As you can probably tell by now, I'm a huge fan of sweets. Obviously I know that junk food isn't good for you, but I think its perfectly acceptable in moderation. I grew up on Hostess treats, and I survived somehow. Yet I do worry a bit about all of the preservatives and fillers they add. I've always heard that when Armageddon finally strikes all that will be left is Twinkies and cockroaches, and that doesn't bode well for the Twinkies. (Apparently Hostess Snowballs will also survive, and I agree that its the texture, not the taste.... you'd get that if you'd ever watched Zombieland.) One of the great things about baking treats at home is that I get to be in charge of how much sugar, flour, and other fillers and preservatives go into the cakes and cookies that we are consuming. Now, I won't lie and say this is a healthy snack, but this copycat version is slightly more healthy than its original counterpart. And Homemade always wins over store-bought, right?
My favorite thing about this recipe is that the cake is actually an Angel Food Cake recipe from one of my Grandmother's cookbooks. Cake flour, powdered sugar, granulated sugar, vanilla, LOTS of eggs, and a pinch of salt all come together to form a soft and airy, golden sponge cake.
Here comes the bad news- you will have to have to make a Meringue. Most bakers I know do not like making meringue. It takes a good hand mixer or stand mixer (or really strong arm muscles), time, and patience. To make it easier on myself I always follow the same steps:
1. Use a very large glass or stainless steel bowl. You need to whip a lot of air into the eggs to create a meringue, which means you need lots of room for the volume of the whites to increase. Also- always thoroughly dry the bowl beforehand. The slightest bit of water or oil will kill your meringue.
2. Separate the eggs while they're still cold. I find it easier to separate the yolks from the whites while the eggs are still cold. Do not crack the eggs directly over your bowl. If any yolk breaks and slips, you are back to square one. I crack the eggs over the sink, keeping my dry bowl nearby. I use one hand to catch the yolk, and allow the white to run through my fingers into my freshly dried bowl. The yolk gets tossed into a second bowl and saved for the next batch of custard or curd, or whatever I can use it for.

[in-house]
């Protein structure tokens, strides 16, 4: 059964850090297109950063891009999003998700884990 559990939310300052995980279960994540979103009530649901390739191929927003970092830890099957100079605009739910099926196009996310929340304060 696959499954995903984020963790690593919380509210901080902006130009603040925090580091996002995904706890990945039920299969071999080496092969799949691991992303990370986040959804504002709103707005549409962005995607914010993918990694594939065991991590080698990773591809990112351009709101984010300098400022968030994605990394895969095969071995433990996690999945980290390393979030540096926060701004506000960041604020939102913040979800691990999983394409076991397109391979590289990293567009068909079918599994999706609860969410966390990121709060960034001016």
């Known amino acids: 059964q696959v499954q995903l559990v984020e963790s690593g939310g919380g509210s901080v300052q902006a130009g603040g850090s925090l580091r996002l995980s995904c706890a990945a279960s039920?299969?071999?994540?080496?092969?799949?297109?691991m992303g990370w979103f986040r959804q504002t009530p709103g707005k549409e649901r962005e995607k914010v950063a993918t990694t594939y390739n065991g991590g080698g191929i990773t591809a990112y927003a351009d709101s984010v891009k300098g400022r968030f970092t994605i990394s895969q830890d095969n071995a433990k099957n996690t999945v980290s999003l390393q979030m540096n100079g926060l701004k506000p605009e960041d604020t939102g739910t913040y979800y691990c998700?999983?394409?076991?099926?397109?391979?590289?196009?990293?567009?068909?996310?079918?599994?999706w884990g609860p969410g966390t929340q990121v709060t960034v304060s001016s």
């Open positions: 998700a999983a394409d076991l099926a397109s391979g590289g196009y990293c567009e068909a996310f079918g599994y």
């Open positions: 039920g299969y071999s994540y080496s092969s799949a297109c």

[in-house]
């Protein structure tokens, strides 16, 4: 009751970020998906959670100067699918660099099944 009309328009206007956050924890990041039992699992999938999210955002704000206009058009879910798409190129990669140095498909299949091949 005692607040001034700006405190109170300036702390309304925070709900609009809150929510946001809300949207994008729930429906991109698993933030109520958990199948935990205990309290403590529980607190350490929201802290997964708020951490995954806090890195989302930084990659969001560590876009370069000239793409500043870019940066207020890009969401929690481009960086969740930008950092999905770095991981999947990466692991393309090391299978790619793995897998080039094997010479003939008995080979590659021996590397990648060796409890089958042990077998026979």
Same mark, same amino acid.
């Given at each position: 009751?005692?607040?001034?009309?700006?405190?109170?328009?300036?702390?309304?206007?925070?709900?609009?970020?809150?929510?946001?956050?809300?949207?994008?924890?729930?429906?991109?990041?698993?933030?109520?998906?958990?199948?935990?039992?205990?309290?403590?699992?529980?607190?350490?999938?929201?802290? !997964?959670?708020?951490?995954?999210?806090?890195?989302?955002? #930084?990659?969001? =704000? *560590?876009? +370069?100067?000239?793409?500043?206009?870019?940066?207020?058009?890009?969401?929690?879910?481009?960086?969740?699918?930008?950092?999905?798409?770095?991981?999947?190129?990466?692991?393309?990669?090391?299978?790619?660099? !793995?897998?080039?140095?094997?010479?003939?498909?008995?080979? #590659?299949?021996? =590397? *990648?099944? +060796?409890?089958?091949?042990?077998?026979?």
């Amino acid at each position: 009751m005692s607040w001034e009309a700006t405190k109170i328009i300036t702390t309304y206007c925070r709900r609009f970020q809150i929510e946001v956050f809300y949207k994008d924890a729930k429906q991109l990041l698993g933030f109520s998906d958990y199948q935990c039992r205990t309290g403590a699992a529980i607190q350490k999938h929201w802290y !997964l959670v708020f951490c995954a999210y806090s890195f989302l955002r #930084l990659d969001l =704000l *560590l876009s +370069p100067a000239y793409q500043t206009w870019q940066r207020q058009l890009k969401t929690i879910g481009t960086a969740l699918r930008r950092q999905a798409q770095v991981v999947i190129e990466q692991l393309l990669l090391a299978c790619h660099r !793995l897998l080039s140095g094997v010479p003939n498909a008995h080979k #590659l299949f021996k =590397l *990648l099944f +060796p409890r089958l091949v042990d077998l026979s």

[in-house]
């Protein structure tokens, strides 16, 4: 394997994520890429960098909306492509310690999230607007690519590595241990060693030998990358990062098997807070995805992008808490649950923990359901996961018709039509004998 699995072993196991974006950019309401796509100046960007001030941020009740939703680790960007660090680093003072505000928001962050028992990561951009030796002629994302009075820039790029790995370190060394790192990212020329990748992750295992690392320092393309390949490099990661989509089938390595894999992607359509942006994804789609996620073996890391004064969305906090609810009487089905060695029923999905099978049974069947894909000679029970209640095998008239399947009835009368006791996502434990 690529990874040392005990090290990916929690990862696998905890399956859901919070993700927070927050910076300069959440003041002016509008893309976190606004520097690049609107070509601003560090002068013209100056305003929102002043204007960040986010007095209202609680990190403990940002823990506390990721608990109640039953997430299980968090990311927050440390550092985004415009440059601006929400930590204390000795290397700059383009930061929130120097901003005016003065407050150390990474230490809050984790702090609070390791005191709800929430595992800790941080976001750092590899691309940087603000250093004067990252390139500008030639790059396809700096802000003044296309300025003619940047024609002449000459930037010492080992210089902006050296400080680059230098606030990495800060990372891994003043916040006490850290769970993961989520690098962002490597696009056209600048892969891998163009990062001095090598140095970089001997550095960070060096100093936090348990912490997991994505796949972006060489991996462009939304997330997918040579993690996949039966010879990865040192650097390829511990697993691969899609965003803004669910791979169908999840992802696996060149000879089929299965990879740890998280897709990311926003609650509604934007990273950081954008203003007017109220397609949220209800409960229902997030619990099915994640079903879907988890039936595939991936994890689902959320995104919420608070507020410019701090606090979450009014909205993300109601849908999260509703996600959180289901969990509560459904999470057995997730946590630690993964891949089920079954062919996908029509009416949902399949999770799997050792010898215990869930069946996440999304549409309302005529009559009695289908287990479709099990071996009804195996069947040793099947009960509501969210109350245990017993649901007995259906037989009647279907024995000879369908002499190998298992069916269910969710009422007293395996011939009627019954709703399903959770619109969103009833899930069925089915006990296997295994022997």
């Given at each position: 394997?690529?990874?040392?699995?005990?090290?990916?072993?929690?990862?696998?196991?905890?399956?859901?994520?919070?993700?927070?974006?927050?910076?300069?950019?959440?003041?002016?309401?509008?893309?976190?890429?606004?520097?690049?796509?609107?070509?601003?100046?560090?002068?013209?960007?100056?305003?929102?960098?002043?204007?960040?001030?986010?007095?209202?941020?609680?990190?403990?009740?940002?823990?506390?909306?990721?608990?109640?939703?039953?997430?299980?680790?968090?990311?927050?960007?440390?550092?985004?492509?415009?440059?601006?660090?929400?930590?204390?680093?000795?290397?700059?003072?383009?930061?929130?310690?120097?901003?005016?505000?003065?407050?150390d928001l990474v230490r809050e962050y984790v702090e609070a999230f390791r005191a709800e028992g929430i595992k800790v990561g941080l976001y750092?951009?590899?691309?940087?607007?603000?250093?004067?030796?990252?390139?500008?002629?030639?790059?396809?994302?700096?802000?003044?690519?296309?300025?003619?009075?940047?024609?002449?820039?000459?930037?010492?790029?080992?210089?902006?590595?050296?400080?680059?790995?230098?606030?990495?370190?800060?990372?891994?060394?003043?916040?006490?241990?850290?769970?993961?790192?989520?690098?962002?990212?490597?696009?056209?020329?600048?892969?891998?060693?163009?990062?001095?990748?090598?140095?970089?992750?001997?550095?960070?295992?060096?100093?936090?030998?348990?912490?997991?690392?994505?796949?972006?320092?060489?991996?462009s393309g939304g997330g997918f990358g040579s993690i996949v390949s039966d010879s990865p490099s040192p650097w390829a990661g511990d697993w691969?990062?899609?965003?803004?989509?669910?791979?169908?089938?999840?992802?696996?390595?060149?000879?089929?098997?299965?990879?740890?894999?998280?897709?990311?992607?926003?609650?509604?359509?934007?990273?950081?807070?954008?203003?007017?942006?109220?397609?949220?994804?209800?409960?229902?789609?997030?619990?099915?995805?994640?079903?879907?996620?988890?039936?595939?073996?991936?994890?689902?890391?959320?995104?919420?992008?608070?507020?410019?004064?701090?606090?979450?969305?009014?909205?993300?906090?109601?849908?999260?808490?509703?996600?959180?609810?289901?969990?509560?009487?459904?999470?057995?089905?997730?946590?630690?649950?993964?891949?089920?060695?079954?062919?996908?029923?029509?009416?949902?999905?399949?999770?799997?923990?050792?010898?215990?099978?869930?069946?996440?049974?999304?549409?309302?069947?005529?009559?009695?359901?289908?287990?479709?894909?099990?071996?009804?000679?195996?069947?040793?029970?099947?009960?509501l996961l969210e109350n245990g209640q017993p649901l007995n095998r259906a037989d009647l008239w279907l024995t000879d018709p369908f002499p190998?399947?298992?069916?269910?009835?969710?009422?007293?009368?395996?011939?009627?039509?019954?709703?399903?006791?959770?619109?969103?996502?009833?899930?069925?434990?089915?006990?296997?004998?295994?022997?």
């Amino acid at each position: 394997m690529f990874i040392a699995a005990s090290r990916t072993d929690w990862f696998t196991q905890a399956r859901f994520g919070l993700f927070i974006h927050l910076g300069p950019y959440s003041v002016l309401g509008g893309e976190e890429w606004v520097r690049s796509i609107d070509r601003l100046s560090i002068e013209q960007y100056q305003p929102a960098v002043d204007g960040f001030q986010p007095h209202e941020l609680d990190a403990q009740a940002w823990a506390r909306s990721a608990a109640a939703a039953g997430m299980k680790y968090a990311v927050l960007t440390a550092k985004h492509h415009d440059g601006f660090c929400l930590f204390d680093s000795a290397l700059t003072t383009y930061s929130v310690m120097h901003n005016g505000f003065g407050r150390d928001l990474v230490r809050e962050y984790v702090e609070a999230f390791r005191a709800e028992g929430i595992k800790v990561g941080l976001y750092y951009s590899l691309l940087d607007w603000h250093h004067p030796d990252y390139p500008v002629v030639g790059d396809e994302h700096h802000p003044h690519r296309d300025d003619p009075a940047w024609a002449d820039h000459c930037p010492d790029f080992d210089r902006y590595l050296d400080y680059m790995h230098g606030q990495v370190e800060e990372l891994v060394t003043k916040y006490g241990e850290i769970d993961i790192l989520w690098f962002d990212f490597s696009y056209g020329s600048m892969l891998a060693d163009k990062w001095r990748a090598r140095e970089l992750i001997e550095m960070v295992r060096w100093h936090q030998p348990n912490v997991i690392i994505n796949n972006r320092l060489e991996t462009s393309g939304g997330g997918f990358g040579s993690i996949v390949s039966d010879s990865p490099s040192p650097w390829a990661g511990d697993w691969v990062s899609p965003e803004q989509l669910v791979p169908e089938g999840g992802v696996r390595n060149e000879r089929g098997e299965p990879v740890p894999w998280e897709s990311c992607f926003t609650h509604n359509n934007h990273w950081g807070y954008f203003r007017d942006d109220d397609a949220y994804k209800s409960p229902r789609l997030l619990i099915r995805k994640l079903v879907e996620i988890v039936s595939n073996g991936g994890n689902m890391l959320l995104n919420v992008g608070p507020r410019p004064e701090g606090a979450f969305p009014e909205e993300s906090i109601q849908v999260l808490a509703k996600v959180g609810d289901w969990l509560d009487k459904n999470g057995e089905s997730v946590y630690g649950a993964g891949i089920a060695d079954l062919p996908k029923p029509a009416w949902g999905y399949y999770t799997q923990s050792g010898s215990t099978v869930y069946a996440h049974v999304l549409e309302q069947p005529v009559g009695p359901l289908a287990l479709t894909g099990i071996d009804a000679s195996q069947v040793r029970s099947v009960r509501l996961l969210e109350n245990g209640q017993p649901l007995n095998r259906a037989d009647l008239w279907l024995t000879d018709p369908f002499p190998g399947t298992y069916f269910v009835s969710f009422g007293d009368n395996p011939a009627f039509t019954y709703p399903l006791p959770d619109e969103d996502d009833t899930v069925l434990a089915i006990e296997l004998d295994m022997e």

3. Let the whites come to room temperature. This usually only takes 10-20 minutes, depending on how cold you keep your house. That's the perfect amount of time to get everything else ready.
4. Use a Hand or Stand Mixer on high speed. Seriously, it takes a lot of work to aerate those whites and make them stiffen up. Don't make it harder than it is. The stand mixer is perfect because you can turn it to high and step away for a minute, if you like. Now is the time to add your vanilla.
5. Add a stabilizer. I use Cream of Tartar, which is found with the spices, but you can also use white vinegar or lemon juice in a pinch. Add in your stabilizer just as your eggs are starting to get foamy for best results.
6. Add the sugar bit by bit. You want the sugar to fully dissolve for a silky smooth meringue. Dumping it all at once makes that so much harder. (Again, patience.) Double check your meringue by swiping a taste or rubbing it between your fingers. If its gritty, keep beating. If its smooth, then you're all set.
Once your egg whites form stiff peaks, Gently (don't undo all your hard work) fold in the flour mixture just until the flour disappears. Spoon your batter into your pan. Bake for 12-15 minutes, just until lightly golden and Twinkie- colored. Remove from oven and set aside to cool. Once cooled, carefully run a knife around the edge to loosen the Twinkies and remove them from the pan.
The filling is a cinch, by comparison- just dump and mix. Jet-Puff Marshmallow creme, powdered sugar, vanilla, shortening, and a pinch of salt. I use the Crisco Baking Sticks, which is an all-vegetable shortening, and even comes in a butter-flavored version. No need to melt, just cut off the amount you need and toss it in. Beat everything on medium speed until fluffy. Scoop into a pastry bag (use an ice-cream scoop to avoid making a mess) with a frosting tip (I use a Wilton 10 round tip.)
To fill your Twinkies- grip Twinkie in one hand, insert the frosting tip into the bottom of the Twinkie and gently squeeze. You should fill the Twinkie expand slightly. Just like the original, I poke each Twinkie 3 times and squeeeze a little filling in, being careful not to overfill. I got a little carried away at this point, and a few Twinkies exploded. Later I caught site of myself in the bathroom mirror and discovered marshmallow filling on my face, on my neck, and in my hair.
So, there you have it- my recipe for Copycat Twinkies. Can't wait to hear how yours turn out. Don't forget to tag us in your photos:
#iriegirlcookies #keeplifesweet #bakedwithlove